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Systemagic’s Senior Technician Scott is our resident expert on all things e-safety – he holds an EPICT e-safety qualification, is NSPCC trained and used to run e-safety training for Colleges. On Safer Internet Day 2017 he gives his top tips for parents:
The Internet has revolutionized the way we live; by changing the face of communications, the way we conduct business, manage finances, its changed the way we educate, shop, and entertain ourselves… and the list goes on… but despite all these great benefits, there are dangers to both young people and adults. The scope of Internet safety topics is enormous but this blog hopefully highlights a few key issues and offer some advice and guidance to help young people in your care stay safe online.
A form of bullying that takes place through an electronic format such as social networking sites, smartphones, tablets, gaming etc. It can be very distressing to the recipient as it can take place 24 hours a day and due to the nature of electronic communications can escalate quicker. Cyberbullying, like other forms of bullying, can affect an individual’s self-esteem and can have a detrimental effect on mental health and wellbeing, in the worst cases leading to self-harm and suicide.
For more information, advice and guidance on dealing with Cyberbullying please read our Cyber Bullying Factsheet
It’s important as carers of young people to help them understand the impact pornography can have.
Pornography is easily available to all users of the internet and young people can very easily encounter sexual images online, whether by accident or intentionally looking for it. The UK Safer Internet Centre report that research conducted on over 1000 young people over half (53%) of 11-16 year olds had been exposed to online pornography. Just over half of boys (53%) believed that the pornography they had seen was realistic compared to 39% of girls and that 42% had stated that it has given them ideas that they would like to emulate in their relationships.
As parents and carers it is our responsibility to help young people understand the impact that of pornography and the effects it can have on them and future relationships. It is normal behavior for young people to be curious about sexuality and relationships and often they turn to the internet to find the information as they feel uncomfortable asking their parents or carer.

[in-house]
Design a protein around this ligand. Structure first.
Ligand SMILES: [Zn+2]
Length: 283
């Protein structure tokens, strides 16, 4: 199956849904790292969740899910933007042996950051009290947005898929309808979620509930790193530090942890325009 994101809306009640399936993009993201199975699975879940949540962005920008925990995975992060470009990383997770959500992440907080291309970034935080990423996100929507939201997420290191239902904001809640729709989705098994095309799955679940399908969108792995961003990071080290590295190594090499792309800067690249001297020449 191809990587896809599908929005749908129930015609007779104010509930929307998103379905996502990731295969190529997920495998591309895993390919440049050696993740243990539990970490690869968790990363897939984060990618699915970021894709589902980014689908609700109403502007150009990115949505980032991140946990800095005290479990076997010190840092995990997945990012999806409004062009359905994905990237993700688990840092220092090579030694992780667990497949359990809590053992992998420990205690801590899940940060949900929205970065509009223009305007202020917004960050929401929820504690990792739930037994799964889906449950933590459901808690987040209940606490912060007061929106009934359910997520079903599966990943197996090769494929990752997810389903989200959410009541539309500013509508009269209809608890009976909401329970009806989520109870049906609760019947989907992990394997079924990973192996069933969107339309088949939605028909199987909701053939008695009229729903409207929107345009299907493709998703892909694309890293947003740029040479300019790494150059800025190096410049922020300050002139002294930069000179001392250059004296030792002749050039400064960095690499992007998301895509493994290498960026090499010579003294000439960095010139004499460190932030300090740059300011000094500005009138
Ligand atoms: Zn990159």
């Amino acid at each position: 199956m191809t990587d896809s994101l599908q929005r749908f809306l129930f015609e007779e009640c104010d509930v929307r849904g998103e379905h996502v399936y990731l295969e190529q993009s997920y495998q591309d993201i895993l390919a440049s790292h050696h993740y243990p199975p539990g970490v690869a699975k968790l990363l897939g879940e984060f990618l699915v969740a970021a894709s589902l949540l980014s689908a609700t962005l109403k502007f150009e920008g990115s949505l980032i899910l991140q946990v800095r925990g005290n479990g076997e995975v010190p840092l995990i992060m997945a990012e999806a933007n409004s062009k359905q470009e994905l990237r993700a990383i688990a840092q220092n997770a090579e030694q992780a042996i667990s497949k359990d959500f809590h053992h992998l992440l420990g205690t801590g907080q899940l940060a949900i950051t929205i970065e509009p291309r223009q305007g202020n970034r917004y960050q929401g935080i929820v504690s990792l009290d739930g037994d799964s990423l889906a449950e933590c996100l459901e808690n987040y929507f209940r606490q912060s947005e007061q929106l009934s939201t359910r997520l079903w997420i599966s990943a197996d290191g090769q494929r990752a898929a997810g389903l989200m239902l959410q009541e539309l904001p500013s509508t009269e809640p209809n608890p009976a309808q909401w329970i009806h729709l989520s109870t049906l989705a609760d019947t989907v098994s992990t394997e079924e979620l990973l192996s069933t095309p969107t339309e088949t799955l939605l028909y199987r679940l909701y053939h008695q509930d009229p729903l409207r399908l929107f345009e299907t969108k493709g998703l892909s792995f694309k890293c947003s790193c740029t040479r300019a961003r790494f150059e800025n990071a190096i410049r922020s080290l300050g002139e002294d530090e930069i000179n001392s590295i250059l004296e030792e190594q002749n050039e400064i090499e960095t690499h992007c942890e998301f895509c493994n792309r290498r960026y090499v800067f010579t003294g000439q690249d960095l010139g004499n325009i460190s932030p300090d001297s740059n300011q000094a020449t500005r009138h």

There are no real technological guidelines to follow apart from using parental controls and filtering software, which are readily available online and some ISPs have them built in to your accounts, but arguably young people need to have the appropriate advice and education.
Visit : https://www.nspcc.org.uk/preventing-abuse/keeping-children-safe/online-porn/ for useful advice.
The term ‘sexting’ describes the use of technology to share sexual text, image or video. The sharing of explicit pictures is not new thing but the speed these can be distributed has dramatically changed. There are also serious legal implications regarding sexting.
For more information, advice and guidance on dealing with Sexting please read our Systemagic Sexting Factsheet
Sites such as Facebook, Instagram and Twitter are forever growing in popularity with young people. They are great sites to enhance creativity, communicate with friends as well as sharing photos etc. but they are not without dangers.
Young people need to understand their digital footprint, this includes what they post and who they interactive with. They often see Social networking as private spaces and it is often difficult to make them understand that is not often the case. Young people need to be educated that the line between public and private is often blurred and this can endanger them in two ways. These are categorised as: Content and Contact bernmhu.
Content: Depending on the nature of the material being posted, if a young person creates inappropriate, offensive or illegal content this could get them in trouble with their school or college, friends or even break the law. They also need to understand that once content is posted online can be copied, altered and reposted by anyone and it is very difficult to ‘take back’ things that may be later regretted. This can damage their reputations and even future prospects.
Contact: The sharing of too much information is the one of the biggest dangers online. Young people need to be aware of how much personal information they upload onto these sites as they could be exposing their information to strangers and as a result be at risk of online contact, grooming and cyberbullying. Young people should be advised on setting appropriate privacy settings, how to manage their online profiles and where they go for help.
There are many technological solutions that can be put in place such as filtering tools to protect young people and these can play a vital role and I am strong believer that these should be in every establishment that allow children to access the internet. However, we also need to educate all users of the internet of what these dangers are so they become ingrained in the education of our children. This requires educators, parents, carers and suppliers to be trained in internet safety to help combat threats and minimise the dangers future generations face.